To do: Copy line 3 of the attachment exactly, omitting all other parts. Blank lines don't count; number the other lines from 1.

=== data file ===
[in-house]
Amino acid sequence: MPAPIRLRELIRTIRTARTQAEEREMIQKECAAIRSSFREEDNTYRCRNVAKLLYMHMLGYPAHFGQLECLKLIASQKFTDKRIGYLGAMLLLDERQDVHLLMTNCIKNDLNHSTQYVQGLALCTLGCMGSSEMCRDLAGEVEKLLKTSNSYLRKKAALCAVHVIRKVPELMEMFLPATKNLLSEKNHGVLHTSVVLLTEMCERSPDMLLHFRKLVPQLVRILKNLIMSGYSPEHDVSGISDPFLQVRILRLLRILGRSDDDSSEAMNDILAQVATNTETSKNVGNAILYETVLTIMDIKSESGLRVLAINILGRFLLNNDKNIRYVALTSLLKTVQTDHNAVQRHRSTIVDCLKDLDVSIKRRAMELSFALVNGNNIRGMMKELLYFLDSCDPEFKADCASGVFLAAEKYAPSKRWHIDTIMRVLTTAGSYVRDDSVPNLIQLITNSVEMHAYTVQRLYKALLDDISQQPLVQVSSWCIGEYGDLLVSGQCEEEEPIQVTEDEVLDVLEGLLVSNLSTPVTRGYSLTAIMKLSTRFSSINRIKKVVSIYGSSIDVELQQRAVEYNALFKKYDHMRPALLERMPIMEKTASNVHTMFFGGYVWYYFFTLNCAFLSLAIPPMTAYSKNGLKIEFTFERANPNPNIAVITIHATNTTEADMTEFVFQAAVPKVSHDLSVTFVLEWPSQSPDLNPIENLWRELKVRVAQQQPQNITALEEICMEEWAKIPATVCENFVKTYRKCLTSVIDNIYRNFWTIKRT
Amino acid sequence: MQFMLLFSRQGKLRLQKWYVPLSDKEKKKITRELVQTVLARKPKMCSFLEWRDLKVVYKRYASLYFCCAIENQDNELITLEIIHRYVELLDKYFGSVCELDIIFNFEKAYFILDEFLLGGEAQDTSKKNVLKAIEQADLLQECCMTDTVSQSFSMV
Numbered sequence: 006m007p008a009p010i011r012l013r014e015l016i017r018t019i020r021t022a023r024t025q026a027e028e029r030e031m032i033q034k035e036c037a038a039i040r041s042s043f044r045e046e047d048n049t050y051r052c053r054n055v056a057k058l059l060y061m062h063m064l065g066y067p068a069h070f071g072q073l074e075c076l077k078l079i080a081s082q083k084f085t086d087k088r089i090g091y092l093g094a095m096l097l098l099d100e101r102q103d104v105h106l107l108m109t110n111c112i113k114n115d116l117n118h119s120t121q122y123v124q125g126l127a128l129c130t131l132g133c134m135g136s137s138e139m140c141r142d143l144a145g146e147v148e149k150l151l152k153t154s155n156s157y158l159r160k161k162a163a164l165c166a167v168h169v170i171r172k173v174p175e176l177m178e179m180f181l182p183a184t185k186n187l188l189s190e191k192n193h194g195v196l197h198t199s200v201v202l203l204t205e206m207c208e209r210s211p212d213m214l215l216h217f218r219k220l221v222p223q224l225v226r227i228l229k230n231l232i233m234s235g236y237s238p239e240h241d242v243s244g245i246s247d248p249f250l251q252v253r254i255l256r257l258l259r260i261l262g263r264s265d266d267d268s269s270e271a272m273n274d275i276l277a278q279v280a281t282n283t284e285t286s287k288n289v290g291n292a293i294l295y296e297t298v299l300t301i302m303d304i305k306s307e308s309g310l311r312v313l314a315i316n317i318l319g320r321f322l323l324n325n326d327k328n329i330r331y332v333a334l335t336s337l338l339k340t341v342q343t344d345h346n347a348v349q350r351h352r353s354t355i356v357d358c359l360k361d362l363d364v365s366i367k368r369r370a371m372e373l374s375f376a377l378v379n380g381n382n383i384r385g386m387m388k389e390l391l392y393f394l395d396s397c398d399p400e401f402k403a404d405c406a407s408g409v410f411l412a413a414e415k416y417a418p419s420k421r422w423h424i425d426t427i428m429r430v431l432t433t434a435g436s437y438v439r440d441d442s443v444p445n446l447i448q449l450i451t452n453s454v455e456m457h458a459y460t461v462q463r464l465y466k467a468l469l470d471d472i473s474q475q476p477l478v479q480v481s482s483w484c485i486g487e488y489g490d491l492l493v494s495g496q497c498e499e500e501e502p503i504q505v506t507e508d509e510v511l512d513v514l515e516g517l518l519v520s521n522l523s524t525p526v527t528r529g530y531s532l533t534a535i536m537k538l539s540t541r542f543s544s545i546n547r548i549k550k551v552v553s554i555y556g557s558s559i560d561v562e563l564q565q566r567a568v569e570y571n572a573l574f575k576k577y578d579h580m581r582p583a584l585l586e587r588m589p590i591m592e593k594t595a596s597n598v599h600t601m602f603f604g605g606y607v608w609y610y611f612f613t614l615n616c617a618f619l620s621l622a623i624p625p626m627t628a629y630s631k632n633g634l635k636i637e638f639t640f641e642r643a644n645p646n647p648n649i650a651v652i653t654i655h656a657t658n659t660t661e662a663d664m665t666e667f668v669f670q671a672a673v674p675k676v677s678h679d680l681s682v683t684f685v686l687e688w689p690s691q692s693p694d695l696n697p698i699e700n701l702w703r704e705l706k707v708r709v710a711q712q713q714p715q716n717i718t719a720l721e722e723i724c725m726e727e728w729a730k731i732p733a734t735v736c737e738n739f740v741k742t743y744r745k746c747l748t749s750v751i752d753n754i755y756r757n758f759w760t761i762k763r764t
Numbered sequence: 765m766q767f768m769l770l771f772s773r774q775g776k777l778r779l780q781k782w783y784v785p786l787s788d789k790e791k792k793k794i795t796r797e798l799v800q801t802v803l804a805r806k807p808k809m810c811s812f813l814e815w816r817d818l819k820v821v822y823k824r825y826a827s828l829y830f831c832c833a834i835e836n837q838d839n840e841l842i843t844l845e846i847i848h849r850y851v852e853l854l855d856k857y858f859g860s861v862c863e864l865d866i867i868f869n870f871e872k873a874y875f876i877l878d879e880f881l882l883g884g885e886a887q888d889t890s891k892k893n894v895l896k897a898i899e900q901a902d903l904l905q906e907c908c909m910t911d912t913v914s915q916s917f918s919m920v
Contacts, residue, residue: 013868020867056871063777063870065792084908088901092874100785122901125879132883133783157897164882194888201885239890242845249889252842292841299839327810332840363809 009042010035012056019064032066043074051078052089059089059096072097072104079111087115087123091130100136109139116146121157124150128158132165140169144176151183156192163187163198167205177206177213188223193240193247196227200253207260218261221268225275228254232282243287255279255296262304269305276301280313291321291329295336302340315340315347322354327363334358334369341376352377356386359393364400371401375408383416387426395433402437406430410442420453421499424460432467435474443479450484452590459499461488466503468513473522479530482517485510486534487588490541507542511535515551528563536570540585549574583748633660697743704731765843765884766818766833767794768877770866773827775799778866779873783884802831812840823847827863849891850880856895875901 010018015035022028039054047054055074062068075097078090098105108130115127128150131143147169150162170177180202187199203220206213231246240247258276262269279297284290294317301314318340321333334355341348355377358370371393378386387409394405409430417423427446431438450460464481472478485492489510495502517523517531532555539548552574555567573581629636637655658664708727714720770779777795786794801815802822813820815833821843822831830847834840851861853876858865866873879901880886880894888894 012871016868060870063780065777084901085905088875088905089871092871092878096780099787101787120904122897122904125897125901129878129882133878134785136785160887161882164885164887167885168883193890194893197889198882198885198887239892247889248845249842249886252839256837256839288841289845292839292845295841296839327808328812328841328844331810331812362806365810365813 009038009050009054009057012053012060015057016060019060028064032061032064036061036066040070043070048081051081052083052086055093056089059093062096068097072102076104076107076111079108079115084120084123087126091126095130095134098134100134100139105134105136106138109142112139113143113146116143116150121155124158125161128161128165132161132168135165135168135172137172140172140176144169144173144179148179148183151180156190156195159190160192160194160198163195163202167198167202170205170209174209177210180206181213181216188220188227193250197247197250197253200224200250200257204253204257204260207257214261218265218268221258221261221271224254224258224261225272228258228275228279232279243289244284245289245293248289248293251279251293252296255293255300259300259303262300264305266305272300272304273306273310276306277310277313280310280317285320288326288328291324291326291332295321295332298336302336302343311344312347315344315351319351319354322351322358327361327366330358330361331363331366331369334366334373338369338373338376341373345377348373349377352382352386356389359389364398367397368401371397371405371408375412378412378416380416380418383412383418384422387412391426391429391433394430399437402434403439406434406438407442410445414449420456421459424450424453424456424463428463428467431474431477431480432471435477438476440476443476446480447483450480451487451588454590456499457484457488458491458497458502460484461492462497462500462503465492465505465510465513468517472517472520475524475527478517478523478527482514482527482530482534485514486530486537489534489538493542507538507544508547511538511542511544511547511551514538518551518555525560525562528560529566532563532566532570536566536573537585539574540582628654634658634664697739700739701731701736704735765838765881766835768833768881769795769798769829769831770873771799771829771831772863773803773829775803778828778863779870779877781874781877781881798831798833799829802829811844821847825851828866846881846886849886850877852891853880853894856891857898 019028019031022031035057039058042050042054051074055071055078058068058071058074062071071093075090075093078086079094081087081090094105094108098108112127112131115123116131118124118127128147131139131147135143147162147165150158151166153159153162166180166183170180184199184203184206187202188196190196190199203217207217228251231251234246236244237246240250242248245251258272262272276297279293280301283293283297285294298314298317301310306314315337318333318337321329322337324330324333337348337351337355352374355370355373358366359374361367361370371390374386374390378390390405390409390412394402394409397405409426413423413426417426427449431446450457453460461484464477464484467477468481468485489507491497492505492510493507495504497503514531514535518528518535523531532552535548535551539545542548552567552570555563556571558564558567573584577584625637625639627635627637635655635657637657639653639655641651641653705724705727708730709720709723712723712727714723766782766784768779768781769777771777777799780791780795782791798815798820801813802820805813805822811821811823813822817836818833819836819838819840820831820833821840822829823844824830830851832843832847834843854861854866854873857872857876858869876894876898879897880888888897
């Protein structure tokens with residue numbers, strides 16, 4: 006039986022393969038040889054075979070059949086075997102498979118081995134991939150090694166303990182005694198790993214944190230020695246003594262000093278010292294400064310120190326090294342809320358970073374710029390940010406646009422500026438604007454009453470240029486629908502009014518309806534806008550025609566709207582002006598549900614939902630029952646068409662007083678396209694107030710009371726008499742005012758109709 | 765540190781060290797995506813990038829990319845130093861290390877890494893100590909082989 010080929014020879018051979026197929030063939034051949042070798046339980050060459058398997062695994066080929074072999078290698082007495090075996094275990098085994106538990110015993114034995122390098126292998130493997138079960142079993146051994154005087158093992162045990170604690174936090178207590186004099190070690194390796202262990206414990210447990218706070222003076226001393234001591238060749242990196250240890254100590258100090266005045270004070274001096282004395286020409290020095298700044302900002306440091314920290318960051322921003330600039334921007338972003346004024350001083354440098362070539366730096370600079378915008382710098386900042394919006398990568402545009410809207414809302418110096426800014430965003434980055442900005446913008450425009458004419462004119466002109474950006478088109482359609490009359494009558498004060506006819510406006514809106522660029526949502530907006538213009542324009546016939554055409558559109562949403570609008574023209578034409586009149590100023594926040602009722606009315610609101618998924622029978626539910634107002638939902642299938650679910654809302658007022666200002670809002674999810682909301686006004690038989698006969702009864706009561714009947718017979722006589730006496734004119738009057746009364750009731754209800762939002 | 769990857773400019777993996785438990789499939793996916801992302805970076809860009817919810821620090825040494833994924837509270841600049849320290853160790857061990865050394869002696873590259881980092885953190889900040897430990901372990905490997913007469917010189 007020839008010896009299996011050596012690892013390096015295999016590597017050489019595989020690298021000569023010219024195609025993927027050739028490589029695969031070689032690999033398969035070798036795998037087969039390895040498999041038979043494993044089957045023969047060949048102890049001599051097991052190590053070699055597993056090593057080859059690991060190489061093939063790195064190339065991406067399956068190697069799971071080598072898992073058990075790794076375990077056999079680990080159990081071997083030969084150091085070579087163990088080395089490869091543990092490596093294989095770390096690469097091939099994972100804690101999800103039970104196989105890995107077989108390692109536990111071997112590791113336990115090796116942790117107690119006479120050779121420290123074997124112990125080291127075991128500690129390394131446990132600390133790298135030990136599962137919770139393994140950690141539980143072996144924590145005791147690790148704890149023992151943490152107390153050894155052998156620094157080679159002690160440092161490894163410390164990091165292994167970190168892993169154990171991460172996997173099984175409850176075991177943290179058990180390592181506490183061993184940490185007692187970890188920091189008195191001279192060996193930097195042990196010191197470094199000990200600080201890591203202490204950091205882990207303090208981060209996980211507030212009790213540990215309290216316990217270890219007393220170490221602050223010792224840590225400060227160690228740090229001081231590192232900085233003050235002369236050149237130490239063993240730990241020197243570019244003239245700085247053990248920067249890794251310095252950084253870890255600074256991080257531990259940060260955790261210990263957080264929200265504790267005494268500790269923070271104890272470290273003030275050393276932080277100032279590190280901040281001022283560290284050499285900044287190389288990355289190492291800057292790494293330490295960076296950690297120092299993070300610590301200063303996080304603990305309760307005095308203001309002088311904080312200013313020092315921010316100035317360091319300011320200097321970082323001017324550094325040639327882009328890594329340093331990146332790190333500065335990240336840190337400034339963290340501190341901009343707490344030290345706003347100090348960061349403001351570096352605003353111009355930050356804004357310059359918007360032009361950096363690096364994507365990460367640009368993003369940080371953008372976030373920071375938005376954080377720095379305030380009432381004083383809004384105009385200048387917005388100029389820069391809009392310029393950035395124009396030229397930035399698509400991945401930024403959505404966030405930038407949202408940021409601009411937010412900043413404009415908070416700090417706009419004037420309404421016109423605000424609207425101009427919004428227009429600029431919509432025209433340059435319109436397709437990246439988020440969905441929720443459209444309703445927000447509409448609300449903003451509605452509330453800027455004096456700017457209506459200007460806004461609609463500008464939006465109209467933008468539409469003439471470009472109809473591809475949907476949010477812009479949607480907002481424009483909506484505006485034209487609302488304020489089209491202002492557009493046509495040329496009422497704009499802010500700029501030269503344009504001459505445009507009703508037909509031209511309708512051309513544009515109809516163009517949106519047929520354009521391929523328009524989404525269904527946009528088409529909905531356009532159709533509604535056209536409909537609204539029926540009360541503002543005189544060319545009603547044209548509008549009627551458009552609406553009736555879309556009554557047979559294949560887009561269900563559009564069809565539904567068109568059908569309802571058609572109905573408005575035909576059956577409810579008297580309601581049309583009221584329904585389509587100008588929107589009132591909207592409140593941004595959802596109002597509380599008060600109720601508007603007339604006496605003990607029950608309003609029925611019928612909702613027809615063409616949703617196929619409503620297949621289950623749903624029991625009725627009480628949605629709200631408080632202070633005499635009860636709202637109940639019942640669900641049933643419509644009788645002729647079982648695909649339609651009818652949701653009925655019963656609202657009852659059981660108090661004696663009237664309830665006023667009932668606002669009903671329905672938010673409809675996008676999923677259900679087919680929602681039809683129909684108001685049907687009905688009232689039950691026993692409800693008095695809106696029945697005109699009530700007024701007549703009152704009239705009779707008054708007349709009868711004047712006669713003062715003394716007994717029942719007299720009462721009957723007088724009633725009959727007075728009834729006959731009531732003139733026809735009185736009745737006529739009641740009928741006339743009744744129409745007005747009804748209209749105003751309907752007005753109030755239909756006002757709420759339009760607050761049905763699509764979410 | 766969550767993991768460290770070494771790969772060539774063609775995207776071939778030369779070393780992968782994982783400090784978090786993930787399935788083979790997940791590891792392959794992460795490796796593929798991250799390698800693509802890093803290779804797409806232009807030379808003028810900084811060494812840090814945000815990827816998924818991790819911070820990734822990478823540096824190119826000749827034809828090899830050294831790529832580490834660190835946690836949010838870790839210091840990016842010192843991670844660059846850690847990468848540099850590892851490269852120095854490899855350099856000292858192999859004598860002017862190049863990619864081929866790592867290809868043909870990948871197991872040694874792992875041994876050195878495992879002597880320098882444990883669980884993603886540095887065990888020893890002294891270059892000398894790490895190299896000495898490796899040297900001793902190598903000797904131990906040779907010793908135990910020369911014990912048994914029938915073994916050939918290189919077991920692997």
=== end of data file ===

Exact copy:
Amino acid sequence: MQFMLLFSRQGKLRLQKWYVPLSDKEKKKITRELVQTVLARKPKMCSFLEWRDLKVVYKRYASLYFCCAIENQDNELITLEIIHRYVELLDKYFGSVCELDIIFNFEKAYFILDEFLLGGEAQDTSKKNVLKAIEQADLLQECCMTDTVSQSFSMV